MuchMusic Tries Local Angle to Woo Ops

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MuchMusic USA, which is winning good reviews from cable
operators, is increasing its repertoire by adding more local programming and working on a
broadband product.

Earlier this month, MuchMusic premiered a new monthly
regional show in Boston, The MuchMusic Boston Countdown, which is airing on
Cablevision Systems Corp.'s Cablevision of Boston system. The regional,
top-30-music-video-countdown show is very similar to one that MuchMusic began producing
for the Cleveland market in October 1996, according to Dennis Patton, senior vice
president and general manager of MuchMusic.

MuchMusic's regional programming debuted in two
markets where it has strong carriage from Cablevision, one of its partners,. MuchMusic is
a partnership between Cablevision's Rainbow Media Holdings Inc. and Chum Ltd., a
Toronto-based broadcaster that spun off its U.S. cable network, which was based on its
flagship Canadian music service, in July 1994.

MuchMusic doesn't have MTV: Music Television's
brand recognition or broad distribution, and some still tar it for being Canadian-based.

Nonetheless, the network is getting some attention by
positioning itself as an innovative network that focuses on live performances and
cutting-edge interactivity with its audience. As a result, its programming -- and its
bargain license fees, when compared with those of MTV -- are catching the eye of a number
of cable operators.

"They're doing it right," said Pam Burton,
Prime Cable's director of marketing. "They're focusing on the artists and
the music."

MuchMusic now reaches roughly 12 million homes, about 5.5
million of those via direct-broadcast satellite services DirecTv Inc. and PrimeStar Inc.
Distribution is up roughly 40 percent from a year ago, according to Patton, with some of
the network's recent launches including MediaOne in south Florida.

The 12 million-subscriber count doesn't include the
distribution that MuchMusic is gaining through recent digital launches, Patton said. Last
year, MuchMusic enjoyed a coup by landing a slot on the so-called three-pack, or first
three transponders, of the Headend in the Sky digital service that Tele-Communications
Inc. is rolling out across the country. MuchMusic is also part of the digital platform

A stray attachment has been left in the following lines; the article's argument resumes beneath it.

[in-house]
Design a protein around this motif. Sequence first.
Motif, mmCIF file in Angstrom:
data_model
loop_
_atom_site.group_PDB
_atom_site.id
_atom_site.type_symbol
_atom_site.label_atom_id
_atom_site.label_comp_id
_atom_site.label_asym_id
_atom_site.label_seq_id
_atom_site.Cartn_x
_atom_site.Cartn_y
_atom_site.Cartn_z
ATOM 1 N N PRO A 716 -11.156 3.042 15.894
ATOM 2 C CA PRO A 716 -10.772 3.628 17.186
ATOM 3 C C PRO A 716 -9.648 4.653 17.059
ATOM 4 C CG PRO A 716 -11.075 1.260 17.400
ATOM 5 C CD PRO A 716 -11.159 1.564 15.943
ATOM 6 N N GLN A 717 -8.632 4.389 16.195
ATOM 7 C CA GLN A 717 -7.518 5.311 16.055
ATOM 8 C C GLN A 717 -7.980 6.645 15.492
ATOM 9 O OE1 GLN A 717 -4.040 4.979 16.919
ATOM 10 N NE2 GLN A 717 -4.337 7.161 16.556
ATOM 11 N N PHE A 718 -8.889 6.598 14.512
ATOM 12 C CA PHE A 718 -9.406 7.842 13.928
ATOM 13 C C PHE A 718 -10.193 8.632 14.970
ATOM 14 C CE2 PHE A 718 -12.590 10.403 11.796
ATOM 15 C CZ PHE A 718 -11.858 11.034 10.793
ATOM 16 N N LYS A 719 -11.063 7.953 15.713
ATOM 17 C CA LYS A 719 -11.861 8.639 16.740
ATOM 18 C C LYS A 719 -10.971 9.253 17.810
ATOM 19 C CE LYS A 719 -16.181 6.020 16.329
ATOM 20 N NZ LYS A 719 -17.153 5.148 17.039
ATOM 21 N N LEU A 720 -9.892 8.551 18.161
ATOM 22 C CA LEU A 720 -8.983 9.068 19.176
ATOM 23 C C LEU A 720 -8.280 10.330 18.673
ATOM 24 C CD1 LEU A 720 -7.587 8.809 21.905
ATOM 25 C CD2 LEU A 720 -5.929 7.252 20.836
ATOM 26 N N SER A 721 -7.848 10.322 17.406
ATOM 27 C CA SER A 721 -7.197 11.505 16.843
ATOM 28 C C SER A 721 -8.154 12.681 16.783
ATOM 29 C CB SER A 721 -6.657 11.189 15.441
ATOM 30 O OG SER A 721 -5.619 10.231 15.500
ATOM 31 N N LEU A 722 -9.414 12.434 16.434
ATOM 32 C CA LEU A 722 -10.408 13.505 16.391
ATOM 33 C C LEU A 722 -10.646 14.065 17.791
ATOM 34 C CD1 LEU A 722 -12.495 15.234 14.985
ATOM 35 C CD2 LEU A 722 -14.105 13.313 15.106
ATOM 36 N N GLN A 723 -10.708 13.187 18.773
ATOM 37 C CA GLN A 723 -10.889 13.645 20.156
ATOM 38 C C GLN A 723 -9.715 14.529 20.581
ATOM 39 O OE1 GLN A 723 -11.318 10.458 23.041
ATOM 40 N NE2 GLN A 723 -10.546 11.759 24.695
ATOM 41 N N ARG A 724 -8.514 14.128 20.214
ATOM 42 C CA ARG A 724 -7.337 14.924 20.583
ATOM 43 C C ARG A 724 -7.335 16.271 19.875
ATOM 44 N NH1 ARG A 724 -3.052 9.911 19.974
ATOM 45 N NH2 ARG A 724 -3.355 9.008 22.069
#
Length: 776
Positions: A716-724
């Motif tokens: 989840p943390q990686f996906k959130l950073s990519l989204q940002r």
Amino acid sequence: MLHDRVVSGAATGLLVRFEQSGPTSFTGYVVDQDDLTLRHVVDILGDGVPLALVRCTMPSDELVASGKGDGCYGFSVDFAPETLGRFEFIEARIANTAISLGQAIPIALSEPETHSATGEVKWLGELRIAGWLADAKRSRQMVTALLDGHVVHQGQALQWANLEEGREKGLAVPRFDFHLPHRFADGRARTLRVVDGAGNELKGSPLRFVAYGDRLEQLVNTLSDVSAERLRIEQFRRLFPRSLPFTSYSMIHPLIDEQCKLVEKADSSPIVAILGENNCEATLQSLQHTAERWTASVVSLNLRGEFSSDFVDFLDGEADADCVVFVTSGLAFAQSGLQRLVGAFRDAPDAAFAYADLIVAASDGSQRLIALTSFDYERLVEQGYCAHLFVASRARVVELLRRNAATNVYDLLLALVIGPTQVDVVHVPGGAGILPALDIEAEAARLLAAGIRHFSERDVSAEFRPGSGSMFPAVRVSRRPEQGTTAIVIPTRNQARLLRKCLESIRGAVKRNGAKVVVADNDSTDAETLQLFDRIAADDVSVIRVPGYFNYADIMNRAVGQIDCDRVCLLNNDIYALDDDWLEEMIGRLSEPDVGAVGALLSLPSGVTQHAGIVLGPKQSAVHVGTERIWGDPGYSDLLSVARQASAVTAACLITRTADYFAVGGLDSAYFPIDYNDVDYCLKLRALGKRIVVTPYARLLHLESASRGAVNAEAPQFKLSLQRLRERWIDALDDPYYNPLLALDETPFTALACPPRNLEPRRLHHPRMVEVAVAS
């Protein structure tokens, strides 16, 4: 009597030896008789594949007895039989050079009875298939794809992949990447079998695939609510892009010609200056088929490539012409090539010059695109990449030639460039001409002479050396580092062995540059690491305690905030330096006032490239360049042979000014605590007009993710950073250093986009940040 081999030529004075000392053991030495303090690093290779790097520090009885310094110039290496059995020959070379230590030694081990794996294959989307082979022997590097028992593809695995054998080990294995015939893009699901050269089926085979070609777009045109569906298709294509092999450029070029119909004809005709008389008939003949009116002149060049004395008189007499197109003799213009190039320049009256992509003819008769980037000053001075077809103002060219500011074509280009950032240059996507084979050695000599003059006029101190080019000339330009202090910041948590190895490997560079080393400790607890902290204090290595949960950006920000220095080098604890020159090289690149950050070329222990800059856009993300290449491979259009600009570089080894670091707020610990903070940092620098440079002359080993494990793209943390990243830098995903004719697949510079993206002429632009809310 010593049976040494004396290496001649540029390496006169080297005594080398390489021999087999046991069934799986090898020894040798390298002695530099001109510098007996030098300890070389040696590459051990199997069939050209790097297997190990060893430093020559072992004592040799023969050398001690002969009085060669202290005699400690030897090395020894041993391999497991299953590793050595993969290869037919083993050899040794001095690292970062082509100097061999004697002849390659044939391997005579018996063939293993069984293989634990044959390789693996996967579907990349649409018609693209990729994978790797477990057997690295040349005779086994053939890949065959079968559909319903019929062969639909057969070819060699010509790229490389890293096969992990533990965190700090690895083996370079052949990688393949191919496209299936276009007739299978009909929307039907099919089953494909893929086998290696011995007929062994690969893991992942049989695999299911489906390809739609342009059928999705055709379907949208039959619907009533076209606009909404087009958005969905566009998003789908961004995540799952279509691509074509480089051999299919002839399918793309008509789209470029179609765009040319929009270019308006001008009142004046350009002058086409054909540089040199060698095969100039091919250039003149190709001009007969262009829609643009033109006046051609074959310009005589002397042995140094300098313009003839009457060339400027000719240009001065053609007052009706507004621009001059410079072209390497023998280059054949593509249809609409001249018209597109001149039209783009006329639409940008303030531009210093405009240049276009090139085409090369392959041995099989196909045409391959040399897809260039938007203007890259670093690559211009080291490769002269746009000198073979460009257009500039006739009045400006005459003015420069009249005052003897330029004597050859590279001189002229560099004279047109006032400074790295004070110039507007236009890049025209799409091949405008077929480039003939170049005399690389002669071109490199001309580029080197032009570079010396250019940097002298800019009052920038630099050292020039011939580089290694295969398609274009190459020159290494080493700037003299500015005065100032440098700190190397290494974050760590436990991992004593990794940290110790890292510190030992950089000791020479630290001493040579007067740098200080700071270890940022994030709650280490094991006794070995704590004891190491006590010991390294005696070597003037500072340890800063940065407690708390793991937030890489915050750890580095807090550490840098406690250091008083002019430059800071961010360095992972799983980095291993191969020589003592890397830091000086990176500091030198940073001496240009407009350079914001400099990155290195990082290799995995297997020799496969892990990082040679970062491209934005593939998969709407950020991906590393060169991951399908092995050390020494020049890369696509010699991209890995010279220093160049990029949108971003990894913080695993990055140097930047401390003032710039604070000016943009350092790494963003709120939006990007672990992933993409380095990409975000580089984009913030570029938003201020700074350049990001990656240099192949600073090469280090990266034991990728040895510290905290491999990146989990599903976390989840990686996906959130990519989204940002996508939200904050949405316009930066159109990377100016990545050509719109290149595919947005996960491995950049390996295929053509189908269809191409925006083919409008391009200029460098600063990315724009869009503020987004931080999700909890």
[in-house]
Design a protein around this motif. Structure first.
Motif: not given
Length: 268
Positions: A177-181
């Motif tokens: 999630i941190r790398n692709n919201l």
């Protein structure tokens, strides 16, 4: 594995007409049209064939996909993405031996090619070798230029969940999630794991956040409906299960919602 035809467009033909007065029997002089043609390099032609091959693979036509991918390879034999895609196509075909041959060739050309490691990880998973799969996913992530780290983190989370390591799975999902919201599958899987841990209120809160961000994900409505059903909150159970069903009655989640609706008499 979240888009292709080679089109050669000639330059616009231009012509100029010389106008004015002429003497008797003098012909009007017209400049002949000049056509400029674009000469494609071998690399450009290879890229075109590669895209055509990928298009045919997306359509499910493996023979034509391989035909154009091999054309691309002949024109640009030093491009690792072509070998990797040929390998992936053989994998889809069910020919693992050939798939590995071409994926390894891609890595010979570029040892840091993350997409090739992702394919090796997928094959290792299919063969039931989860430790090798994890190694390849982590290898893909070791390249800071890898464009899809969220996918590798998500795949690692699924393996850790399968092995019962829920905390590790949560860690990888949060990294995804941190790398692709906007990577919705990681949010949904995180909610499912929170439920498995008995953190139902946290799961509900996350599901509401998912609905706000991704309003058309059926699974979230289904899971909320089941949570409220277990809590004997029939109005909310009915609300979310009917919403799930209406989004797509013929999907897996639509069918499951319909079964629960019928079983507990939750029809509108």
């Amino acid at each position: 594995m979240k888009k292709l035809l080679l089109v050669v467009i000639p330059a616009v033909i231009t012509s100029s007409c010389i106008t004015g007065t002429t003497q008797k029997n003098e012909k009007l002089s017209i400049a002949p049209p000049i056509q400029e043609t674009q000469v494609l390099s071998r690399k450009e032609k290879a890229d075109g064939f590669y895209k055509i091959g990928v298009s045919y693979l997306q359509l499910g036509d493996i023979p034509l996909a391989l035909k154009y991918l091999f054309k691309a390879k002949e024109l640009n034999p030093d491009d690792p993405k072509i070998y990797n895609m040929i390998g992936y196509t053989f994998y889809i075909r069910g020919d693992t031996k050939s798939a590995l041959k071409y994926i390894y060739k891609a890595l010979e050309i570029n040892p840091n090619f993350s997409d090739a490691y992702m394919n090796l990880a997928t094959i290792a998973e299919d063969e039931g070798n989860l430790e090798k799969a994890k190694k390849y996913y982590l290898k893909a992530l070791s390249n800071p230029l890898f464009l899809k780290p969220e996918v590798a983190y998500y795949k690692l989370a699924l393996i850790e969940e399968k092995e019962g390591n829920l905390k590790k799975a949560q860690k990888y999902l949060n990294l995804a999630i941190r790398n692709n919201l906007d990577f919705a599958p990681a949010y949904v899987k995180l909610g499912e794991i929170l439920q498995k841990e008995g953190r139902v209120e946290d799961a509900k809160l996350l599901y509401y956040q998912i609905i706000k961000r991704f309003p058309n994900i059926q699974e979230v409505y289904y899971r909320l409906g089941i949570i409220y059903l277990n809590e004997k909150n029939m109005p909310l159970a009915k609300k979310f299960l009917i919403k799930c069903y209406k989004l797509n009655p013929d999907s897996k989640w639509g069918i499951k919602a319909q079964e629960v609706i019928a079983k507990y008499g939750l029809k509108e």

that Cox Communications Inc. is launching in select clusters.

But it hasn't all been good news. In a setback last
year, MuchMusic failed to gain a slot on the new tier that Time Warner Cable is
establishing in New York City.

Local programming is the edge that cable operators look for
against DBS. And that's what MuchMusic is offering, and what it may expand beyond
Boston and Cleveland. MuchMusic is teaming up with local radio stations in both cities --
with WFNX-FM in Boston, which is owned by the parent of alternative newspaper the BostonPhoenix -- to create the local-countdown shows. In the Boston DMA, the show will
reach about 150,000 Cablevision homes.

"Given the demographics of this marketplace --
it's urban, it skews young and it has a lot of college students -- this programming
brings something different to the table for us," said John Hauenstein, director of
marketing and sales for Cablevision of Boston. "It's not only an exclusive
program, but a valuable brand."

There are also many opportunities to do cross-promotions
with Cablevision, WFNX and the Phoenix, Hauenstein said, adding that he would like
to see the show eventually be more frequent than just monthly.

MuchMusic also has a broadband package -- which operators
will be able to customize locally for their cable-modem and high-speed Internet services
-- on the drawing board, Patton said.

In terms of its national programming, MuchMusic likes to
boast that it's "the next generation of music television." Patton said the
network "is what MTV used to be."

MuchMusic carries up to 13 hours of live programming per
day, and the network's schedule is reformatted and different from what airs on the
Canadian version.

The Toronto facility -- from the outside to its inside
studios and offices -- forms the backdrop for MuchMusic's live programming. Viewers
can often interact with the programming through fax, phone or the Internet during shows
such as Intimate & Interactive. Recently, MuchMusic landed a live one-hour
interview with Madonna, who answered questions from a studio audience and viewers via fax,
phone and e-mail.

"The viewer becomes an active participant, not a
passive one," Patton said.

He drew parallels between what MuchMusic has been doing --
in terms of live programming and the use of its Toronto headquarters as a set -- to the
direction that MTV has recently taken, which included building a studio in its Manhattan
headquarters, looking out over Times Square.

"Now, our innovative ideas are being borrowed,"
Patton said.

MTV president Judy McGrath begged to differ, noting that
her network has been doing live shows and man-in-the-street interviews since it debuted in
1981.

"We've always done live programming, although we
didn't use it as our calling card," McGrath said. "Our decision to go to a
studio and to go live had everything to do with the fact that we're in Times Square.
It's a little arrogant to conclude that it [MuchMusic] ... was the driver for us to
have a studio here in Times Square. With all due respect, I don't see it."

As for MuchMusic, McGrath said, "It doesn't come
up in our research like other networks ... And you can't see it in Manhattan."

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